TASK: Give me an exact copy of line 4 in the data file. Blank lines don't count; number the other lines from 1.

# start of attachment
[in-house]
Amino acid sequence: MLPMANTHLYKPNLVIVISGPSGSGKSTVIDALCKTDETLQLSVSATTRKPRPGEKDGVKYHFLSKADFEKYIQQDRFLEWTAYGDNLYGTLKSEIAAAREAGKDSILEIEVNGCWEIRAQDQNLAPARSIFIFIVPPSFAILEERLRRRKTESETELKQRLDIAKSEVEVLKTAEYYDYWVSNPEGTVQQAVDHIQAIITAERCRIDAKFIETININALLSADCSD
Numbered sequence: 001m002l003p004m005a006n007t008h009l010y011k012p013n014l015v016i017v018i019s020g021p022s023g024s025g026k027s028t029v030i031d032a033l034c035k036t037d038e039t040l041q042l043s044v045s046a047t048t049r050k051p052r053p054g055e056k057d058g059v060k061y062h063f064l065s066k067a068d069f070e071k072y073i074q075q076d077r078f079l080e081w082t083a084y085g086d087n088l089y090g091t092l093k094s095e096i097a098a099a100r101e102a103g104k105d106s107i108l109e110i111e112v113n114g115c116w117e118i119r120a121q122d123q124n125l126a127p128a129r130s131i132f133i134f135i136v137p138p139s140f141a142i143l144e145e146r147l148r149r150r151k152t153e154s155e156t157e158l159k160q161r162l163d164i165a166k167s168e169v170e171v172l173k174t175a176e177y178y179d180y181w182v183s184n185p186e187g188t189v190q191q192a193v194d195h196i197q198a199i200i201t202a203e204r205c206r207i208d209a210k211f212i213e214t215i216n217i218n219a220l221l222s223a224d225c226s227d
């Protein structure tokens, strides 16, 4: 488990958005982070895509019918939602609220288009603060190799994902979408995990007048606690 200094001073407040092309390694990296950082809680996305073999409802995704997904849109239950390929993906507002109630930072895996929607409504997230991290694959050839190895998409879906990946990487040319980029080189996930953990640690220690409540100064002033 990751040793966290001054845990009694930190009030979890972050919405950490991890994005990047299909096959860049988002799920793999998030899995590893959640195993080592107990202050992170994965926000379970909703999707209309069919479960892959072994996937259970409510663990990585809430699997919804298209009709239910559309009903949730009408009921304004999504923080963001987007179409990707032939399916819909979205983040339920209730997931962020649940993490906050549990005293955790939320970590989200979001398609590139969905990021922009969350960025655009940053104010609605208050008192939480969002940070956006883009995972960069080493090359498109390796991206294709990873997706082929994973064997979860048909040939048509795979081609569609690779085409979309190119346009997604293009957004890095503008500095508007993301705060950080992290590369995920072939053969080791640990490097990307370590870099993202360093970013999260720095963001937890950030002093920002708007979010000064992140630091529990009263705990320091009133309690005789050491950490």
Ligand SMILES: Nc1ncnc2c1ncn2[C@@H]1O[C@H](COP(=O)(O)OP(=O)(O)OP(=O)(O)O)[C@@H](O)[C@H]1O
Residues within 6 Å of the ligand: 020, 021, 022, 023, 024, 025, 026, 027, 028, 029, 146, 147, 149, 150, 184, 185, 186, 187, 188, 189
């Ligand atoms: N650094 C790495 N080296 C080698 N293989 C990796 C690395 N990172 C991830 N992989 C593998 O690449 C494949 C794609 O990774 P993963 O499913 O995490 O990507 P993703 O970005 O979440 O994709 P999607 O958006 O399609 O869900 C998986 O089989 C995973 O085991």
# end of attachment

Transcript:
């Protein structure tokens, strides 16, 4: 488990958005982070895509019918939602609220288009603060190799994902979408995990007048606690 200094001073407040092309390694990296950082809680996305073999409802995704997904849109239950390929993906507002109630930072895996929607409504997230991290694959050839190895998409879906990946990487040319980029080189996930953990640690220690409540100064002033 990751040793966290001054845990009694930190009030979890972050919405950490991890994005990047299909096959860049988002799920793999998030899995590893959640195993080592107990202050992170994965926000379970909703999707209309069919479960892959072994996937259970409510663990990585809430699997919804298209009709239910559309009903949730009408009921304004999504923080963001987007179409990707032939399916819909979205983040339920209730997931962020649940993490906050549990005293955790939320970590989200979001398609590139969905990021922009969350960025655009940053104010609605208050008192939480969002940070956006883009995972960069080493090359498109390796991206294709990873997706082929994973064997979860048909040939048509795979081609569609690779085409979309190119346009997604293009957004890095503008500095508007993301705060950080992290590369995920072939053969080791640990490097990307370590870099993202360093970013999260720095963001937890950030002093920002708007979010000064992140630091529990009263705990320091009133309690005789050491950490």